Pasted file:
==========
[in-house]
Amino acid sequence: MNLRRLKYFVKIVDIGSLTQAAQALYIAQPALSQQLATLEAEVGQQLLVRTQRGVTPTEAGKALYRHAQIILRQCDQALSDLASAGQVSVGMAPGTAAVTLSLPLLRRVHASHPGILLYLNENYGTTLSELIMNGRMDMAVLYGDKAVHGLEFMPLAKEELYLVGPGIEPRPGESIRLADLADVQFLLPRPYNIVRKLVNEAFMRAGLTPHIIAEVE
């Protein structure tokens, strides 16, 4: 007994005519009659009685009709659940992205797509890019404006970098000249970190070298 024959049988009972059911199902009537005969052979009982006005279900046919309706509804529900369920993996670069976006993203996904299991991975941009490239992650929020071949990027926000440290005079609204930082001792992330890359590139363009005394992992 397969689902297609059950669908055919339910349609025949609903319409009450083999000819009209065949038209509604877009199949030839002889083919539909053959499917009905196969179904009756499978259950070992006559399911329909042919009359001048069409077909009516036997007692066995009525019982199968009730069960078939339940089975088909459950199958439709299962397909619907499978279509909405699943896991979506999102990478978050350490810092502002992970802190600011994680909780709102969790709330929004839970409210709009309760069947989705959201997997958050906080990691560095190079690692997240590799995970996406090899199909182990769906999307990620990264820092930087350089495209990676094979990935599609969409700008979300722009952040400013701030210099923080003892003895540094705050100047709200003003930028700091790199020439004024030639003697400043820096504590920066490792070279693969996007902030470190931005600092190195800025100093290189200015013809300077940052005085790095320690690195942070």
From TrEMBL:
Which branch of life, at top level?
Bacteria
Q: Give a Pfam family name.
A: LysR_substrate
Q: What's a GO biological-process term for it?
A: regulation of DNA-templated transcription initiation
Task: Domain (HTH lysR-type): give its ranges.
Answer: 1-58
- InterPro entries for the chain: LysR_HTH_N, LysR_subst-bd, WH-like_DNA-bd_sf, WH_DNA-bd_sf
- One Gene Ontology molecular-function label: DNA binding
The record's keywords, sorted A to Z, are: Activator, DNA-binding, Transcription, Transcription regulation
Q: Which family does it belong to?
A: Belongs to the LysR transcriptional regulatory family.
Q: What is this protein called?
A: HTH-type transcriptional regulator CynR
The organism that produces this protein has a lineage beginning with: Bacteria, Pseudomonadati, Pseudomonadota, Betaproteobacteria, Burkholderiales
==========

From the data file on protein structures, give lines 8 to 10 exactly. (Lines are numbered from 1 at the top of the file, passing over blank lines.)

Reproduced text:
A: LysR_substrate
Q: What's a GO biological-process term for it?
A: regulation of DNA-templated transcription initiation